ISABELLA ROSSELLINI TO HEAD JURY FOR CANNES SIDEBAR
Enhancing the cachet of the secondary Un Certain Regard competition at the Cannes Film Festival this year, festival officials have selected famed Italian-American actress Isabella Rossellini, 62, to head the jury assessing the films selected for the peripheral screenings that recognize new talent and innovative and daring filmmaking. Rossellini is the daughter of legendary Italian director Roberto Rossellini and screen icon Ingrid Bergman, to whom the festival is paying tribute this year, the centenary of her birth. (Bergman died in 1982.) In somewhat of a departure from its focus on productions for the screen, the festival also announced that Rossellini will lift the curtain on a stage show dedicated to her mother’s career that will be based on her autobiography and her correspondence with Roberto Rossellini. The Cannes Film Festival is scheduled to take place from May 13 to 24.
FIRST FILM BY A FEMALE DIRECTOR TO OPEN CANNES FILM FESTIVAL
After the critical and commercial flop that Grace of Monaco, last year’s opening film at the Cannes Film Festival, turned out to be, the festival has given the prestigious opening slot this year to a far less glittering production, La Tête Haute, by director Emmanuelle Bercot. In making its announcement, the festival noted that it would be the first film from a female director ever to open the festival. In the past, the festival has often showcased plainly commercial features on opening night, including the world premieres of 2013′s The Great Gatsby, 2010′s Robin Hood, 2009′s Up, and 2006′s The Da Vinci Code. Even films with more modest budgets but equivalent star power have been chosen with an apparent eye for what will attract the maximum number of news photographers and TV crews to Cannes’ renowned red carpet on opening night. In a statement, Thierry Frémaux, the festival’s artistic director, acknowledged that the selection of La Tête Haute “may seem surprising.” However, he explained that it reflected “our desire to see the festival start with a different piece that is both bold and moving.” The film, the festival said, follows a juvenile delinquent as a children’s judge and a social worker attempt to “save” him as he matures. Said Frémaux: “Emmanuelle Bercot’s film makes important statements about contemporary society, in keeping with modern cinema. It focuses on universal social issues, making it a perfect fit for the global audience at Cannes.” The film will be screened at Cannes on opening night, May 13. Closing ceremonies, including the announcement of the winner of the competition for the top honor, the Palme d’Or, are scheduled for May 24.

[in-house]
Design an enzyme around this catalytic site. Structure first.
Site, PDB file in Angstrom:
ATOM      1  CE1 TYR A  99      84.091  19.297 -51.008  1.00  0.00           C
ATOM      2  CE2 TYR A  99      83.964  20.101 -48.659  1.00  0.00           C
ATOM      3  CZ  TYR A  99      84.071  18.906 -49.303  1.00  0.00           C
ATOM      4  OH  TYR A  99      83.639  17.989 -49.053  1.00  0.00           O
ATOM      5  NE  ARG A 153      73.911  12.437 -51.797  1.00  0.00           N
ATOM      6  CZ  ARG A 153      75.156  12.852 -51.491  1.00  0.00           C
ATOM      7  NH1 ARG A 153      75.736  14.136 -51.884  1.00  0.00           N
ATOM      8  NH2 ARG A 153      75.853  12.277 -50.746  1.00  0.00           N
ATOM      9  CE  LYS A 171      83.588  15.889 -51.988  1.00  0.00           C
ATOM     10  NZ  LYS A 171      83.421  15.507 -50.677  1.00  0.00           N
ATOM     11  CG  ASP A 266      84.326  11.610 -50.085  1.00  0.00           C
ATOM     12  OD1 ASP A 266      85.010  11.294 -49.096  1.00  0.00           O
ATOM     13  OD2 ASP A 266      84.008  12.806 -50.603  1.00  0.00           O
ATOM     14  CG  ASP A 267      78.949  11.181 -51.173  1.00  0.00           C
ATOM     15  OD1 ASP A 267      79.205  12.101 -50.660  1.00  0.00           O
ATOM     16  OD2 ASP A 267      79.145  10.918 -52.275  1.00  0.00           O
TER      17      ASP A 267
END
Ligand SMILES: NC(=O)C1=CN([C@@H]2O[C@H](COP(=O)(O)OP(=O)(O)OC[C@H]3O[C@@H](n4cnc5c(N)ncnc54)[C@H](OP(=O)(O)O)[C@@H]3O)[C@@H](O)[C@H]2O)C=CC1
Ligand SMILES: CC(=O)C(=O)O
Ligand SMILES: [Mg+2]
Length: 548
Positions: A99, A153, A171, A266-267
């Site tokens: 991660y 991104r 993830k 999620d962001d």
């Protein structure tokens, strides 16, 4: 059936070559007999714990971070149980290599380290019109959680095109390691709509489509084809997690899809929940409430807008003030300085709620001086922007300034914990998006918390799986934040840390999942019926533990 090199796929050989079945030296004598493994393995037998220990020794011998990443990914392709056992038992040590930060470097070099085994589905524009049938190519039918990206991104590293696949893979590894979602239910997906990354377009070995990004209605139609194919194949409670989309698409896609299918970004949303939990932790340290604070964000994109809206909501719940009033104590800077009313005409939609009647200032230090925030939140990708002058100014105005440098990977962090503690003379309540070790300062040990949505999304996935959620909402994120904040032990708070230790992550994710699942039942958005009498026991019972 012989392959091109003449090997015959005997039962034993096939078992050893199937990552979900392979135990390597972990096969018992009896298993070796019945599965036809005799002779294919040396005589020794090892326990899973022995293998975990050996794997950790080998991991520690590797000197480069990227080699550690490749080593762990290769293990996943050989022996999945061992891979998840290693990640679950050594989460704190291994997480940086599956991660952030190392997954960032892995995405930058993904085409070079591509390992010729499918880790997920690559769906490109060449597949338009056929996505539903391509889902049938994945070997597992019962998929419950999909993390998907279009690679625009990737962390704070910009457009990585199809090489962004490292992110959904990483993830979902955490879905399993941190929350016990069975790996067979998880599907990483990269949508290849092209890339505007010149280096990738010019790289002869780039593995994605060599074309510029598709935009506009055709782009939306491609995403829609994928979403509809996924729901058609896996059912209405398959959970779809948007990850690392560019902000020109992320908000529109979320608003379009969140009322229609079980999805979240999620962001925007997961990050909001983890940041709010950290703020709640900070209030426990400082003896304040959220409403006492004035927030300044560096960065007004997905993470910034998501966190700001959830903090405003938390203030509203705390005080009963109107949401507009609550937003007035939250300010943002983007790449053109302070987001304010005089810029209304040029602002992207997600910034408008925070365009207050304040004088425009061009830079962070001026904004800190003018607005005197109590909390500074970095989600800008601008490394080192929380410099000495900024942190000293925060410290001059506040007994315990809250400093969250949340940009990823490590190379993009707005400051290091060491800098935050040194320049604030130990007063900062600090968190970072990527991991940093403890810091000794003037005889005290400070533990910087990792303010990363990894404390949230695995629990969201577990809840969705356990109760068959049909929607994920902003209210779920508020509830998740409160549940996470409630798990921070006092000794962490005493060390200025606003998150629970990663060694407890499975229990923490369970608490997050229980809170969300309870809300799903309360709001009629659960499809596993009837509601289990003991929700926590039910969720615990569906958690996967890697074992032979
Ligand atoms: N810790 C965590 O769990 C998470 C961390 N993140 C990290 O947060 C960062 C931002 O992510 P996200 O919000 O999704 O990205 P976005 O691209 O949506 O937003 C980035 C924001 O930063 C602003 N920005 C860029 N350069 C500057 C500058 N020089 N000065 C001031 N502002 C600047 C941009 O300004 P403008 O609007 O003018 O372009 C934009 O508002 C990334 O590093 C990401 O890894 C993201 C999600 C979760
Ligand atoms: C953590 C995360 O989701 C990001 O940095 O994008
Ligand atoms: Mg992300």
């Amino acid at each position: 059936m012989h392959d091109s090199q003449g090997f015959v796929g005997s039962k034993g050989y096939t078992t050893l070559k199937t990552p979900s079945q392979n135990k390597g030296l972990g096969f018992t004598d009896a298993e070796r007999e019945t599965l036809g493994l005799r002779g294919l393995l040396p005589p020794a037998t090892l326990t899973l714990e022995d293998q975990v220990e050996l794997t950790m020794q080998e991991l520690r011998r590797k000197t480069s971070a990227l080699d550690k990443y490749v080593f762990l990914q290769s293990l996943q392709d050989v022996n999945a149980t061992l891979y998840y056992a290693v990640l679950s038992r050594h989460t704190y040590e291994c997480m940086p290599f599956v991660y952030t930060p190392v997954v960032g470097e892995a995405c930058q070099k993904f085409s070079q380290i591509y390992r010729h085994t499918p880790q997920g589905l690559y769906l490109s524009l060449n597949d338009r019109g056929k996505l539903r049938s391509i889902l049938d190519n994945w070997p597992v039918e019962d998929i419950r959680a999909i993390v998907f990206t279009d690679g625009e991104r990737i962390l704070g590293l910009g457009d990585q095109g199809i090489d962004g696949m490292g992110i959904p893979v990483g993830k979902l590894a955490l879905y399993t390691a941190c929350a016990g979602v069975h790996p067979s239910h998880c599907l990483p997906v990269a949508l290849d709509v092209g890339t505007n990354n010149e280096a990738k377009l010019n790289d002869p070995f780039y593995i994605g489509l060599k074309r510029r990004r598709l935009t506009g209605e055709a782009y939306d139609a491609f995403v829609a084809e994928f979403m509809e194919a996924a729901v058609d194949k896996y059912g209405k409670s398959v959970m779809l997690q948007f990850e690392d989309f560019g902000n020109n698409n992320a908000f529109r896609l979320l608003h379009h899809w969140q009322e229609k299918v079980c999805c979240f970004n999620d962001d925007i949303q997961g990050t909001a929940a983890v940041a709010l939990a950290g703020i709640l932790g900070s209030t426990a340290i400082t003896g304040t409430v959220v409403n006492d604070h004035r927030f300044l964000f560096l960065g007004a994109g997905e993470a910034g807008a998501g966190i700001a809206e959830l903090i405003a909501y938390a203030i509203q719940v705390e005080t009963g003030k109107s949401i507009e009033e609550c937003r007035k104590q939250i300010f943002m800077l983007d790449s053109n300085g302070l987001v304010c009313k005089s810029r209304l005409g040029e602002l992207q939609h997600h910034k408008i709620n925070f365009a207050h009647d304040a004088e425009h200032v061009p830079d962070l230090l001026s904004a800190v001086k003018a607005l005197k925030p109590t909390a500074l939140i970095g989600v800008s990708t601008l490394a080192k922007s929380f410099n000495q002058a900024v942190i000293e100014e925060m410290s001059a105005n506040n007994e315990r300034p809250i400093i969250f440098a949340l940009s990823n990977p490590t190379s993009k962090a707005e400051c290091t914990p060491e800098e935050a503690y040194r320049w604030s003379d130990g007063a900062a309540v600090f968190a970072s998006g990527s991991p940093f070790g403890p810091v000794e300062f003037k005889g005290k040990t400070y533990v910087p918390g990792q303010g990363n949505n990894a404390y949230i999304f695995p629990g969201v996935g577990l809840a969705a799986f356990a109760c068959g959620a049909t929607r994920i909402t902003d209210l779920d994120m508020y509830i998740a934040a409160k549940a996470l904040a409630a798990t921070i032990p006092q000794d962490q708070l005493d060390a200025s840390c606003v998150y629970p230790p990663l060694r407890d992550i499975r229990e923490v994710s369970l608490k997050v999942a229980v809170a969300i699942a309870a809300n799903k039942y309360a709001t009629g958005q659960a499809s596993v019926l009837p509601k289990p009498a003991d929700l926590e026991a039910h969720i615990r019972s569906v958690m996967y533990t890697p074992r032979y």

See you at the movies!